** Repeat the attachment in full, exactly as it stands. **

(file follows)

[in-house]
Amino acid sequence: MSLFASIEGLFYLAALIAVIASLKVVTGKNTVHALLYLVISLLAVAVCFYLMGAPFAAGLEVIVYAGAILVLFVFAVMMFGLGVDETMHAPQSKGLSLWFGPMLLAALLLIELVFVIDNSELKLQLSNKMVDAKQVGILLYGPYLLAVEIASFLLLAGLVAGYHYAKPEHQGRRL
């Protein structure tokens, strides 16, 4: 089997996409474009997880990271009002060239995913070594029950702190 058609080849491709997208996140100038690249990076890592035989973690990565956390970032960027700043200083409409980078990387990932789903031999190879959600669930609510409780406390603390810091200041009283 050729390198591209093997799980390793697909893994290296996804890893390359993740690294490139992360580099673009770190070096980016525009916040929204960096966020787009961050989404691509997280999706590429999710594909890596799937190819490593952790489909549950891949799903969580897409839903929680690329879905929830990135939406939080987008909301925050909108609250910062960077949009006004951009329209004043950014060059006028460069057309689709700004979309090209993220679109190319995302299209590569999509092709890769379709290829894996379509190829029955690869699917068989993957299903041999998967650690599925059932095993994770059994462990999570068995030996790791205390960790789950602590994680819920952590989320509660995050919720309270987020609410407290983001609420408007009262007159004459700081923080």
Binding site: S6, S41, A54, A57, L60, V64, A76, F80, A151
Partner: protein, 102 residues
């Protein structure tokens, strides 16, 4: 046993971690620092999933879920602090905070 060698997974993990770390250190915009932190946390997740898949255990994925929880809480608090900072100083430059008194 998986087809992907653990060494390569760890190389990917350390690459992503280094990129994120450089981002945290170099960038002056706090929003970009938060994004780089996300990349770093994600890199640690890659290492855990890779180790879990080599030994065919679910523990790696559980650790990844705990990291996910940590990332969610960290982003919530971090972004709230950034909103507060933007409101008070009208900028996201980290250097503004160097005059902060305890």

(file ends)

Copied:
[in-house]
Amino acid sequence: MSLFASIEGLFYLAALIAVIASLKVVTGKNTVHALLYLVISLLAVAVCFYLMGAPFAAGLEVIVYAGAILVLFVFAVMMFGLGVDETMHAPQSKGLSLWFGPMLLAALLLIELVFVIDNSELKLQLSNKMVDAKQVGILLYGPYLLAVEIASFLLLAGLVAGYHYAKPEHQGRRL
């Protein structure tokens, strides 16, 4: 089997996409474009997880990271009002060239995913070594029950702190 058609080849491709997208996140100038690249990076890592035989973690990565956390970032960027700043200083409409980078990387990932789903031999190879959600669930609510409780406390603390810091200041009283 050729390198591209093997799980390793697909893994290296996804890893390359993740690294490139992360580099673009770190070096980016525009916040929204960096966020787009961050989404691509997280999706590429999710594909890596799937190819490593952790489909549950891949799903969580897409839903929680690329879905929830990135939406939080987008909301925050909108609250910062960077949009006004951009329209004043950014060059006028460069057309689709700004979309090209993220679109190319995302299209590569999509092709890769379709290829894996379509190829029955690869699917068989993957299903041999998967650690599925059932095993994770059994462990999570068995030996790791205390960790789950602590994680819920952590989320509660995050919720309270987020609410407290983001609420408007009262007159004459700081923080």
Binding site: S6, S41, A54, A57, L60, V64, A76, F80, A151
Partner: protein, 102 residues
């Protein structure tokens, strides 16, 4: 046993971690620092999933879920602090905070 060698997974993990770390250190915009932190946390997740898949255990994925929880809480608090900072100083430059008194 998986087809992907653990060494390569760890190389990917350390690459992503280094990129994120450089981002945290170099960038002056706090929003970009938060994004780089996300990349770093994600890199640690890659290492855990890779180790879990080599030994065919679910523990790696559980650790990844705990990291996910940590990332969610960290982003919530971090972004709230950034909103507060933007409101008070009208900028996201980290250097503004160097005059902060305890």